Marine gateways on the west coast of North America are scrambling to ramp up terminal capacity and access as volumes rise sharply and ultra large container vessels (ULCVs) and carrier alliances bring spikes in container throughput.
At the outset of 2016, west coast port executives and pundits were speculating about the likely extent of shipping lost to ports on the east coast and the Gulf of Mexico in the wake of the completion of the Panama Canal expansion. Instead, volumes kept climbing last year and are scaling new heights in 2017. Throughput records tumbled in May from Los Angeles and Long Beach to the Northwest Seaport Alliance (NWSA) of Seattle and Tacoma.
A throughput of 796,216 TEUs made for the busiest May in the history of the Port of Los Angeles, thanks to a 3.4% rise in containers. This brought the port’s tally to 8.5% growth for the first five months of this year.
This is some way above the 5.6% growth that the port has projected in its budget for fiscal 2017/18, which was approved on June 1. Meanwhile, the higher volume in May caused truckers to wait on average two minutes longer at the Ports of Los Angeles and Long Beach, according to one report, which attributed the delays chiefly to the new ship alliances.
To accommodate projected growth, two container terminals at Los Angeles are currently undergoing expansion work, and two more improvement projects for container facilities are under environmental review at this point. On the land side, the port is working to improve road access.
Another plank in the port’s strategy to reduce congestion is a pilot project in partnership with GE Transportation to establish an information portal – allegedly the first of its kind – that aims to give all cargo owners and supply chain operators secure, channelled access to cargo data, bringing them greater planning capability.
The Port of Long Beach clocked up a 9.2% rise in TEUs in June, which brought its growth in the second quarter of the year to 8.3%. The port spends over half of its annual budget on facilities improvement and environmental projects and has a laundry list of upgrades in progress or in planning. Arguably most prominent among these is the US$1.3 billion Middle Harbor Redevelopment Project, which amalgamates two terminals into one container facility with on-dock rail capacity.
One of the most recent additions to the project list is the proposed redevelopment of an on-dock rail yard to allow the assembly of longer trains to move twice the amount of containers at half the pollution levels.
The Port of Oakland, which enjoyed a 5.1% rise in box throughput in June, is envisaging investments of altogether US$600 million for expansion projects, through a mix of public funding, private investment and port funds. A large chunk of this – US$244 million – is for separation of rail tracks from major port roads, and US$90 million goes into a privately built reefer warehouse with a footprint of 283,000 sq ft. Scheduled to open next summer, it aims to boost exports of chilled beef and pork through Oakland. TraPac, the port’s second-largest terminal, is undergoing a US$50 million expansion. At the beginning of the year the port completed the construction of a railyard, which cost about US$100 million.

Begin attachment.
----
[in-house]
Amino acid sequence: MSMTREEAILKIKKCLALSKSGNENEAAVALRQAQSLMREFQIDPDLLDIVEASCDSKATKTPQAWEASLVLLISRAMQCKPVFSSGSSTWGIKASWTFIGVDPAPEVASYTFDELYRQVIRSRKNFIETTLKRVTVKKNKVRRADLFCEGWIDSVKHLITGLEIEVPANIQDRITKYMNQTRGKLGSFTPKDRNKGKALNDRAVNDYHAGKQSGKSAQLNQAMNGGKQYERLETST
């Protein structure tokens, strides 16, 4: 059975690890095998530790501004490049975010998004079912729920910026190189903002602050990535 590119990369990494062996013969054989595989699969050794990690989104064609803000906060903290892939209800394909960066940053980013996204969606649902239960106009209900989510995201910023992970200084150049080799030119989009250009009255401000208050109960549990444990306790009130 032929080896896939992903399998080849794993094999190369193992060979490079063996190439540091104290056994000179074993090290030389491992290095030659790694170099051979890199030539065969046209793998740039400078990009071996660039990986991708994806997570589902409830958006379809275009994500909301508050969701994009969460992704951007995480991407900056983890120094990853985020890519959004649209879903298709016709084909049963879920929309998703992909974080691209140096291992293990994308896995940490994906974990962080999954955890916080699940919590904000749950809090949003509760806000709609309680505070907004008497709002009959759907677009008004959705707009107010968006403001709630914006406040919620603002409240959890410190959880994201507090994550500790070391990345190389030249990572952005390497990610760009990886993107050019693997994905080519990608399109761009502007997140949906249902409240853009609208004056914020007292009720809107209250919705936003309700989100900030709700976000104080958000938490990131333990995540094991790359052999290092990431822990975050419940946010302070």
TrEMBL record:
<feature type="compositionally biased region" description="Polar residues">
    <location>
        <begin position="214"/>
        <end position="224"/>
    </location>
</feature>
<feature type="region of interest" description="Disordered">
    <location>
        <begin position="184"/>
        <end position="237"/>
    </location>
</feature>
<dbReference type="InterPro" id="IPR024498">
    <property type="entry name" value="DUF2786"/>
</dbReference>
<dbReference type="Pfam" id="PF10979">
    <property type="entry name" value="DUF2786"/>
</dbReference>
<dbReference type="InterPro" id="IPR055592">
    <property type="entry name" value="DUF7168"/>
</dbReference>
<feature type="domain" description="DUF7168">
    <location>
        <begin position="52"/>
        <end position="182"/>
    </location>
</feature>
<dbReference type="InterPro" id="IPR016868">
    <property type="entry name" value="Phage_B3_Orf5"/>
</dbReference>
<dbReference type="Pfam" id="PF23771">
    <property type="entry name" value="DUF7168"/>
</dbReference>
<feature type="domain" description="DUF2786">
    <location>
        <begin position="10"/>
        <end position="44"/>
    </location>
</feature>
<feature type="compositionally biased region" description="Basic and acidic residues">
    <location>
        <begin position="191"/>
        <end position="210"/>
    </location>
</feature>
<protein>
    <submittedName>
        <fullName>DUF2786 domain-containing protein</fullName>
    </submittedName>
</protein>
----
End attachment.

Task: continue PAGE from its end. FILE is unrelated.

In addition, the port is in the process of raising the height of four ship-to-shore cranes, and two more are due to follow.
The NWSA approved a US$52 million purchase of four container cranes for its Husky terminal in June, on top of four others ordered earlier. With a reach of 24 containers and a lift height of 165 feet above the pier deck, they are designed to handle ULCVs.
The NWSA also gave the green light for an additional US$2.9 million in improvements at Terminal 18, one of its facilities that can handle 18,000 TEU vessels. Two more facilities are gearing up to take ULCVs. The port is reconfiguring its Pier 4 to take 18,000 TEU ships, and plans for Terminal 5 call for a revamp to accommodate two 18,000 TEU vessels.
At this point, there is no timeline for the development of Terminal 5. Crane capacity and the construction schedule depend on the requirements of its future tenants, said NWSA communications director Tara Mattina.
The port complex registered an 18% increase in international container volume in May.
North of the border, the Port of Vancouver is planning to expand one of its two container terminals in the inner harbour to boost the facility’s capacity by two-thirds. Vancouver ended 2016 with a 3.3% rise in container volume.
The Port of Prince Rupert, closest to Asia among North American West Coast ports, brought in three gantry cranes with a horizontal reach of 25 containers in May to boost its capability to handle ULCVs. Meanwhile, work has been progressing on the expansion of the port’s Fairview container terminal from currently 850,000 to 1.35 million TEUs. This is scheduled for completion in the third quarter of this year.
In a flanking move the port announced in March an agreement for the development of a transloading facility for pulses and cereals and other agricultural crops from hopper cars to ocean containers for export. The 10-acre facility will include a rail loop corridor for over 100 rail cars, a grain dumper pit and a state-of-the-art conveyance system, according to the port authority.
By Ian Putzger
Correspondent | Toronto